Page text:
Those of us who have graduated to the head of the gray hair/no hair class have a couple options when it comes to younger generations.
We can complain.
Or we can connect.
Steve Cameron’s insightful columns last week about the decline of intimacy in America — clearly tied to people’s obsession with their smartphones — had many readers shaking their heads and longing for the days when people actually met, talked and maybe even touched.
But have hope. Passionate pickleballers and the Boys & Girls Club of Kootenai County recently built a bridge over social waters. Maybe it can be a model for more.
Lacking places to play, local pickleballers were offered court time at the Coeur d’Alene B&G Club when kids wouldn’t be using that part of the facility. For a donation of $3 per player per day, the pickleball aficionados could do their thing and benefit the club at the same time. That’s a great deal all around.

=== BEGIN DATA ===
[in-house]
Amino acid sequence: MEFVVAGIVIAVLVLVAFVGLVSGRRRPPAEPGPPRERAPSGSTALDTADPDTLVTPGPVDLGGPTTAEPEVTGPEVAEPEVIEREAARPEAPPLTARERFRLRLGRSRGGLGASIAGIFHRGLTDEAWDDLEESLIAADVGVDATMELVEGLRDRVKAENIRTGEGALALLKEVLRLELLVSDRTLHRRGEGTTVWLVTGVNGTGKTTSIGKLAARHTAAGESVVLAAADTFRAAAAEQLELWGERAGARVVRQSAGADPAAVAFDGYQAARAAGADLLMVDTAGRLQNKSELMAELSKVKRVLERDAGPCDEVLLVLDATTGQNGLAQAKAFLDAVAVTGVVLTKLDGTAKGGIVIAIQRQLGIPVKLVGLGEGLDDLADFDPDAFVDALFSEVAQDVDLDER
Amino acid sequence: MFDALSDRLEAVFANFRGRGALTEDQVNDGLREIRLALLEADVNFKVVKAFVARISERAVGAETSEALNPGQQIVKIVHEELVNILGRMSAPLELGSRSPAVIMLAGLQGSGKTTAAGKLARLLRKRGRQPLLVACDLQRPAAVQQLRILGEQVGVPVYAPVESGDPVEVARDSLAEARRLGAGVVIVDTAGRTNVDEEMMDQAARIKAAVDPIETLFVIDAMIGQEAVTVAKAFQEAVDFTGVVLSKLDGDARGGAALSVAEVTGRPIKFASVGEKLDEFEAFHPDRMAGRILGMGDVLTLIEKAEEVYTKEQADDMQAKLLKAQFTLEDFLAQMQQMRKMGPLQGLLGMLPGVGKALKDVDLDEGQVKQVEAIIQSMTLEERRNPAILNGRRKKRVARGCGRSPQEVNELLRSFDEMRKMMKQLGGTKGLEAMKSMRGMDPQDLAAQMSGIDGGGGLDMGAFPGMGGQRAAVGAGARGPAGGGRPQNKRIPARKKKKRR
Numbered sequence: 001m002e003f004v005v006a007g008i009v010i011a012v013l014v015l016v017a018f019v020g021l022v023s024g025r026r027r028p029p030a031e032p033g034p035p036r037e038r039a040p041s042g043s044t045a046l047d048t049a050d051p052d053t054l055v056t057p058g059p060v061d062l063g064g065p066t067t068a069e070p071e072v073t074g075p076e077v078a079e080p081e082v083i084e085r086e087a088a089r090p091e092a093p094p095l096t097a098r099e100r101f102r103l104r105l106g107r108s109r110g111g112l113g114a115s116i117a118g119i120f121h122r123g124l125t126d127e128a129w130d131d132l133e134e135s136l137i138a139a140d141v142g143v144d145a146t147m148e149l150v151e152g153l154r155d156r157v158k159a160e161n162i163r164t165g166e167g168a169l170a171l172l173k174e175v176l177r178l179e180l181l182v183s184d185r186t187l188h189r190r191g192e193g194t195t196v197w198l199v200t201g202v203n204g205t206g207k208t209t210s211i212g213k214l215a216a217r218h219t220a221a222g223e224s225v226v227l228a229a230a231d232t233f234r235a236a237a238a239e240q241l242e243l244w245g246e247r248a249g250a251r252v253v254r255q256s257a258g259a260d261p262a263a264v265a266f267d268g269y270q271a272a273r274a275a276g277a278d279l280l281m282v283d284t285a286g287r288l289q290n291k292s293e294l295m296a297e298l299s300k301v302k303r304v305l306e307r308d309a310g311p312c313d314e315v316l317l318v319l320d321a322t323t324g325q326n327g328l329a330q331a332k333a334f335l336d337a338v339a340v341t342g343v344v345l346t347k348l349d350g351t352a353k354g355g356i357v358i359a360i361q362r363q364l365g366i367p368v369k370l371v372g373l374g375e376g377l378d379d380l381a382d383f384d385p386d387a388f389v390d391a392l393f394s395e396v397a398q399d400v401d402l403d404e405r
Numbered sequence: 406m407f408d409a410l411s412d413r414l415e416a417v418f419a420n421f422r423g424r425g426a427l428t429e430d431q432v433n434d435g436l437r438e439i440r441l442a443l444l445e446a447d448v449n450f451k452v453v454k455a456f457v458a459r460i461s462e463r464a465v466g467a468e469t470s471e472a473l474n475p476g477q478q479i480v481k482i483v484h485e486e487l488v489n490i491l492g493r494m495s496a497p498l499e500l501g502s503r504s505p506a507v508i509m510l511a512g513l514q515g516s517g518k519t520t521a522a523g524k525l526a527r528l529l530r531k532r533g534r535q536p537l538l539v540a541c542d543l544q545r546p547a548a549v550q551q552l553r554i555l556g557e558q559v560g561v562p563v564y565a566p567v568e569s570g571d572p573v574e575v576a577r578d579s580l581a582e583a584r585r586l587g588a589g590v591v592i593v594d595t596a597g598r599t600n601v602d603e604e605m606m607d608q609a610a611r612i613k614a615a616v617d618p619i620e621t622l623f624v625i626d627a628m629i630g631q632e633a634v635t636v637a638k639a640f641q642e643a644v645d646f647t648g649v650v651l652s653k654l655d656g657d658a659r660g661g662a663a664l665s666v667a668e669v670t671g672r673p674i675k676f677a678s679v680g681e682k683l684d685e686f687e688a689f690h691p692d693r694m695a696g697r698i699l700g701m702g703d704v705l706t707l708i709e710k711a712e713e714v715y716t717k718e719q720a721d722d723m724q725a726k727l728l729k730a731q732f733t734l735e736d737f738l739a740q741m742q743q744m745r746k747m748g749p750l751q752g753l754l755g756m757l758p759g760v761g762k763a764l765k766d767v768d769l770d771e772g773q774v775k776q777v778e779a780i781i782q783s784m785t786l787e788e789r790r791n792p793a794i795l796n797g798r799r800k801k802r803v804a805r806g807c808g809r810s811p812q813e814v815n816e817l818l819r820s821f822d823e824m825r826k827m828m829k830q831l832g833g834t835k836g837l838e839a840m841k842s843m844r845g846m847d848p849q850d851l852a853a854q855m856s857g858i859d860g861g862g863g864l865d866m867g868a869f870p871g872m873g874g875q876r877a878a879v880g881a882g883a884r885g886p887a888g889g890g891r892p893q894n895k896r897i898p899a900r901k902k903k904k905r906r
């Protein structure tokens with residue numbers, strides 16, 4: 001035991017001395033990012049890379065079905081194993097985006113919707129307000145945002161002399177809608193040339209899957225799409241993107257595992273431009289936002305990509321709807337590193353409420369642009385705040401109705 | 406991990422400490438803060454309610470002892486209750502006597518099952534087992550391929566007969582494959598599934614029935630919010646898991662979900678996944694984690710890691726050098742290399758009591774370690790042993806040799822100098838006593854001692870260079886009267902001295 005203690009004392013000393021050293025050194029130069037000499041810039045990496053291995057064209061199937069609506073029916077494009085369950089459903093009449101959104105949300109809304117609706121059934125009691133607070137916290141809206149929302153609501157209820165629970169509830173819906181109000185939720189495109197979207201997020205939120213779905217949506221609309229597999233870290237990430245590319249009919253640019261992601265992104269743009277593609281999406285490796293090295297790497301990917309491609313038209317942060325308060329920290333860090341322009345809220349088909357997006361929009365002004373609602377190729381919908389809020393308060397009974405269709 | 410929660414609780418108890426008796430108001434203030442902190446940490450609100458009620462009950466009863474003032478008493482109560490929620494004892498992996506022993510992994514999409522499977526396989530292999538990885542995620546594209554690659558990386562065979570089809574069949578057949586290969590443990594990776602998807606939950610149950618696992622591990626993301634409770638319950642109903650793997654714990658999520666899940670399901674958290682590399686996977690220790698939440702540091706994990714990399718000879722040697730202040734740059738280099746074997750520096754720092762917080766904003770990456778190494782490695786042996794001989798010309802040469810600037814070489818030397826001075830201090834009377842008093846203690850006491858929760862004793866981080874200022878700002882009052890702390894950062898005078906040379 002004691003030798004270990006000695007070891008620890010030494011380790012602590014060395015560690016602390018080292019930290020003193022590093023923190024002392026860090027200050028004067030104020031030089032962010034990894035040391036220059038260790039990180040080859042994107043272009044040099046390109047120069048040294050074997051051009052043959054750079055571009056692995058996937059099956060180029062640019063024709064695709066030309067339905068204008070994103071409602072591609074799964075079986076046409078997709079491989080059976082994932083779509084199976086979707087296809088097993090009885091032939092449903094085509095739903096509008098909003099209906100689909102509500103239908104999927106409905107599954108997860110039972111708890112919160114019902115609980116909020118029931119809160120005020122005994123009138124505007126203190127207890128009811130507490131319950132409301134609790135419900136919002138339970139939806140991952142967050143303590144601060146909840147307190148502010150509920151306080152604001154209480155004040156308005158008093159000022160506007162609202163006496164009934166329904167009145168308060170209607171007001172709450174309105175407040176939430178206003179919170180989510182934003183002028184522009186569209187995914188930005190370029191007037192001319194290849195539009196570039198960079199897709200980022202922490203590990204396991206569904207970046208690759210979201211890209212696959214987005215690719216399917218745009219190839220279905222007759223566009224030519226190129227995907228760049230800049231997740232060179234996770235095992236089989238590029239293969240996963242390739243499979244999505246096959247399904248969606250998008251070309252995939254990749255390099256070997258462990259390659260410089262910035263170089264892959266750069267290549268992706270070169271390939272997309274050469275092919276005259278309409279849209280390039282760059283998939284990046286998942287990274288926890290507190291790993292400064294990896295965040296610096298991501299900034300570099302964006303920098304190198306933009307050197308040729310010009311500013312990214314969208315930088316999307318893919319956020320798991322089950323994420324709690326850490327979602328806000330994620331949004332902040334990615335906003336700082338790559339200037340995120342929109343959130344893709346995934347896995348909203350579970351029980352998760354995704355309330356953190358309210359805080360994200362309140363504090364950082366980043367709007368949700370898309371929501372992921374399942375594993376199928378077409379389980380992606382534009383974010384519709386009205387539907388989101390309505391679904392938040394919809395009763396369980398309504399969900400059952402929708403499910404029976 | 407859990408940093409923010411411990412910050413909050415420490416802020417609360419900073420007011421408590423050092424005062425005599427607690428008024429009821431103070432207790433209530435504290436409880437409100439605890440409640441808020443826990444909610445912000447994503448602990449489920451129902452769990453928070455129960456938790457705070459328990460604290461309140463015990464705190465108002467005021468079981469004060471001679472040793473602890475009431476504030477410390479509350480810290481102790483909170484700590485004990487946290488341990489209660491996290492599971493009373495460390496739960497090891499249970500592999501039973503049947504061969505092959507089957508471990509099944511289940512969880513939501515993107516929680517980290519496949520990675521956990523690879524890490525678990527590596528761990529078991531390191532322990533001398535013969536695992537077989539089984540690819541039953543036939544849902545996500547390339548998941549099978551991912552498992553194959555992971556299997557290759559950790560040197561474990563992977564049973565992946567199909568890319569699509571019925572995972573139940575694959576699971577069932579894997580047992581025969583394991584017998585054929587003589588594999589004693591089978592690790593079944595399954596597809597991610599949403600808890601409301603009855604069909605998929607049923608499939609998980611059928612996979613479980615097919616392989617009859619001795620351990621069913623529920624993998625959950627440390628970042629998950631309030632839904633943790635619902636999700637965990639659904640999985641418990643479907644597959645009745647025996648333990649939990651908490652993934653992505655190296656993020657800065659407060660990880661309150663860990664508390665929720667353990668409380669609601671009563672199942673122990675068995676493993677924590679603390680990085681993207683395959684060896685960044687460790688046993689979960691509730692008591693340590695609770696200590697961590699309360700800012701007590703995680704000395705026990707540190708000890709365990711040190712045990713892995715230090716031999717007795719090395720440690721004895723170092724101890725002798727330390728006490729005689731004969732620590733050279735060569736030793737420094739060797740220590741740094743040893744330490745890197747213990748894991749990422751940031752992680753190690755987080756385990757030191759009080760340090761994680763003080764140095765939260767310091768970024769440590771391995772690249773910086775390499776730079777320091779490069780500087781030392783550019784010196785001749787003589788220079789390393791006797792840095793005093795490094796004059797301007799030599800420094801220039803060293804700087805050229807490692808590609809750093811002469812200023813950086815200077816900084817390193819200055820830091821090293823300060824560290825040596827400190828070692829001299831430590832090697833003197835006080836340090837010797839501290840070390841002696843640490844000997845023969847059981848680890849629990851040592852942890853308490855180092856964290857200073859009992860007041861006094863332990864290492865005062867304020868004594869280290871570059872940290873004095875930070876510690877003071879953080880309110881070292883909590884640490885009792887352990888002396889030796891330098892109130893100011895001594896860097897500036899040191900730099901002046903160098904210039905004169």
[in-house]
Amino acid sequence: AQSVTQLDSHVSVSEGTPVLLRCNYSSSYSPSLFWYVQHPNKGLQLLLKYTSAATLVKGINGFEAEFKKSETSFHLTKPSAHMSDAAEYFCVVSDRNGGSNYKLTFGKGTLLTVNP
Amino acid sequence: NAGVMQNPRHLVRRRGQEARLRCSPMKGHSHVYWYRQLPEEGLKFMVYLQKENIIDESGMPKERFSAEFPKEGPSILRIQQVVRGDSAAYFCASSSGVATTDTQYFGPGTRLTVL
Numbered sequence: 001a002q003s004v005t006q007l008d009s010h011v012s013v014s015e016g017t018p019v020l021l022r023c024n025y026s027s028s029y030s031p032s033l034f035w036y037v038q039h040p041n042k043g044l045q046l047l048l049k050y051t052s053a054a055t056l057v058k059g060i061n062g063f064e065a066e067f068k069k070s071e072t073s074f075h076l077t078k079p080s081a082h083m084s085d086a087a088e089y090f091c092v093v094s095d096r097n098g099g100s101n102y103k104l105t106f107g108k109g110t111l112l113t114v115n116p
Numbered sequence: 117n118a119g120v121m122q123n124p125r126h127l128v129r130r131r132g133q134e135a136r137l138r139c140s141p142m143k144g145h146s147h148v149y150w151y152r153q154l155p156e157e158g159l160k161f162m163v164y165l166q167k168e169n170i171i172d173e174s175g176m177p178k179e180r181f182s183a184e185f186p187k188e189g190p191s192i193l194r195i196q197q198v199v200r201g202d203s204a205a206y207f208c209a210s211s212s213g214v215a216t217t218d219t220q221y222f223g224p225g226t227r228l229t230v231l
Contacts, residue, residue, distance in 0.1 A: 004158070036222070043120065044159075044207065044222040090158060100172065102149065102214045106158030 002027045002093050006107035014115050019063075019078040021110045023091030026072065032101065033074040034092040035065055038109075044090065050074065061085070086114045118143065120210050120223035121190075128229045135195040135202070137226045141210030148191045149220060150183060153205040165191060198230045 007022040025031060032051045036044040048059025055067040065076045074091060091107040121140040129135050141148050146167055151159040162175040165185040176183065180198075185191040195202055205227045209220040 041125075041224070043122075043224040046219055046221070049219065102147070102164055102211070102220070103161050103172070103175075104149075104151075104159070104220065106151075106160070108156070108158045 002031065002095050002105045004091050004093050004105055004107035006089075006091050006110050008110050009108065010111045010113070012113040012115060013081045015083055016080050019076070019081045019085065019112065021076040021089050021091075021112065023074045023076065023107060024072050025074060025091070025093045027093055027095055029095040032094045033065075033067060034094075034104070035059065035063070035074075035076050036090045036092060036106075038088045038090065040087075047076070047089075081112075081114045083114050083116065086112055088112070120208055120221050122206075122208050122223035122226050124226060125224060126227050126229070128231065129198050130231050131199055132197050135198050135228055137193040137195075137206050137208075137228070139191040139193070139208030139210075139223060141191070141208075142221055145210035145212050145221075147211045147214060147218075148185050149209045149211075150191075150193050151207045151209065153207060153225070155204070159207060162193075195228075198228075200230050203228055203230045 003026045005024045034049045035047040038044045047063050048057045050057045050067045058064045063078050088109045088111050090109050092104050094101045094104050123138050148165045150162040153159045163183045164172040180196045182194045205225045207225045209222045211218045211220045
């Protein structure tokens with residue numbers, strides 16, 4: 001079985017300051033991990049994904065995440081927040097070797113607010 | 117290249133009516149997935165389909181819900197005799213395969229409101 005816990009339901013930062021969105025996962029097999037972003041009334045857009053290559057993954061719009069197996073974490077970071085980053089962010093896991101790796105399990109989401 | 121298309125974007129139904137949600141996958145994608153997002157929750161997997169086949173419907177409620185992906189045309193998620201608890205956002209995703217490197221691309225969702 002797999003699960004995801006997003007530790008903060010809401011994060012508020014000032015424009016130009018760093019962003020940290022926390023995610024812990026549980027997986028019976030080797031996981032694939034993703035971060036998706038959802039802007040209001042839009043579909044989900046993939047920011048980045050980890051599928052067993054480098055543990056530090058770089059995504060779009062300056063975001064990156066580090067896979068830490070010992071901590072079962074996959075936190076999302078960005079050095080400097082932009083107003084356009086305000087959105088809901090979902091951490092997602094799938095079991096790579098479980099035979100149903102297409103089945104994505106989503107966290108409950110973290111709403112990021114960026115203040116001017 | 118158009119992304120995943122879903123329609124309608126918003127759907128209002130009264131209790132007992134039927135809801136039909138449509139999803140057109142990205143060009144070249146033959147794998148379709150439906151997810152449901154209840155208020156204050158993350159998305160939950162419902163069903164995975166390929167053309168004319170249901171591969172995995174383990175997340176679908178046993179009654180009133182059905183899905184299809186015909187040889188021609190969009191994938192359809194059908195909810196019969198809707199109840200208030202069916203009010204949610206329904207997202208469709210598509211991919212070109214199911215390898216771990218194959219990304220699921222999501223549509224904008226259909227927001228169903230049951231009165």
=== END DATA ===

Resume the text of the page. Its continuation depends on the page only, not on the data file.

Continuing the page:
Even better, though: One day recently, the pickleball players were paired with boys and girls for an hour and a half. According to one of the players, former Sen. John Goedde, the instructional session went far beyond a how-to on the growing sport. He said that for some of the kids, this was a rare opportunity to interact with an adult who was not a parent or teacher. Goedde said the kids thrived in that environment. The, um, older kids clearly got a kick out of it as well.
So here’s the deal. You can shake your head and cluck your tongue next time you see youngsters lost in cyberreality, or you can follow the lead of a troop of pickleball fanatics. You can figure out ways to connect with generations that could really benefit from some personal attention and real, live interaction, You can build bridges to a better, healthier tomorrow.
As Goedde and his pickleball pals demonstrated, it can actually be a lot of fun.